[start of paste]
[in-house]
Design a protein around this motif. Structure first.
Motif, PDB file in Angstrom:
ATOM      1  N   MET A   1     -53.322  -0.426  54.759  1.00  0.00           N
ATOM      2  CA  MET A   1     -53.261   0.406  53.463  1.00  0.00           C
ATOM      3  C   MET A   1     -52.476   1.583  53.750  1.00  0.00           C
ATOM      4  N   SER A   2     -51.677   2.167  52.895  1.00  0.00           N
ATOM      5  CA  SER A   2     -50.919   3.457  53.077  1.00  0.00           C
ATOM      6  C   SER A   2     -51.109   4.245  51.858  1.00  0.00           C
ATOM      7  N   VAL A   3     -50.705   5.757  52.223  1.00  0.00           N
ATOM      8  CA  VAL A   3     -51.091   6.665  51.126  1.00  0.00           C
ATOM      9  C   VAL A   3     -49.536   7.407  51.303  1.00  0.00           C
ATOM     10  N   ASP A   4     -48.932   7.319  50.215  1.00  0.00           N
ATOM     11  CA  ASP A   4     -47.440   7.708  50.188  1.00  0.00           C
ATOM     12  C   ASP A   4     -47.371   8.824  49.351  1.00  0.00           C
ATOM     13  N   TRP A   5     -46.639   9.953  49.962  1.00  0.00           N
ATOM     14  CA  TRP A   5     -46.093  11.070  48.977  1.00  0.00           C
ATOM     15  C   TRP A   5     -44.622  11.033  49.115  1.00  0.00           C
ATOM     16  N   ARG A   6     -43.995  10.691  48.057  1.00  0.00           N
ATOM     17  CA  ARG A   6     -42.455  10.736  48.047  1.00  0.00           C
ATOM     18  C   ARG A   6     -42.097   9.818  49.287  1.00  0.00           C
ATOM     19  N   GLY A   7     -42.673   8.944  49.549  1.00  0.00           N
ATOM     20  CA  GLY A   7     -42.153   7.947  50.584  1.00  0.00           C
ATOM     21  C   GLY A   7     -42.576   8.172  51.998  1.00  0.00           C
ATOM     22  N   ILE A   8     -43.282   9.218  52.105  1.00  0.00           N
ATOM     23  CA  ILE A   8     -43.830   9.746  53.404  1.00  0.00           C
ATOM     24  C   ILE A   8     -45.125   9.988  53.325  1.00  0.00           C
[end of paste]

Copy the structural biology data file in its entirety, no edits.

[in-house]
Design a protein around this motif. Structure first.
Motif, PDB file in Angstrom:
ATOM      1  N   MET A   1     -53.322  -0.426  54.759  1.00  0.00           N
ATOM      2  CA  MET A   1     -53.261   0.406  53.463  1.00  0.00           C
ATOM      3  C   MET A   1     -52.476   1.583  53.750  1.00  0.00           C
ATOM      4  N   SER A   2     -51.677   2.167  52.895  1.00  0.00           N
ATOM      5  CA  SER A   2     -50.919   3.457  53.077  1.00  0.00           C
ATOM      6  C   SER A   2     -51.109   4.245  51.858  1.00  0.00           C
ATOM      7  N   VAL A   3     -50.705   5.757  52.223  1.00  0.00           N
ATOM      8  CA  VAL A   3     -51.091   6.665  51.126  1.00  0.00           C
ATOM      9  C   VAL A   3     -49.536   7.407  51.303  1.00  0.00           C
ATOM     10  N   ASP A   4     -48.932   7.319  50.215  1.00  0.00           N
ATOM     11  CA  ASP A   4     -47.440   7.708  50.188  1.00  0.00           C
ATOM     12  C   ASP A   4     -47.371   8.824  49.351  1.00  0.00           C
ATOM     13  N   TRP A   5     -46.639   9.953  49.962  1.00  0.00           N
ATOM     14  CA  TRP A   5     -46.093  11.070  48.977  1.00  0.00           C
ATOM     15  C   TRP A   5     -44.622  11.033  49.115  1.00  0.00           C
ATOM     16  N   ARG A   6     -43.995  10.691  48.057  1.00  0.00           N
ATOM     17  CA  ARG A   6     -42.455  10.736  48.047  1.00  0.00           C
ATOM     18  C   ARG A   6     -42.097   9.818  49.287  1.00  0.00           C
ATOM     19  N   GLY A   7     -42.673   8.944  49.549  1.00  0.00           N
ATOM     20  CA  GLY A   7     -42.153   7.947  50.584  1.00  0.00           C
ATOM     21  C   GLY A   7     -42.576   8.172  51.998  1.00  0.00           C
ATOM     22  N   ILE A   8     -43.282   9.218  52.105  1.00  0.00           N
ATOM     23  CA  ILE A   8     -43.830   9.746  53.404  1.00  0.00           C
ATOM     24  C   ILE A   8     -45.125   9.988  53.325  1.00  0.00           C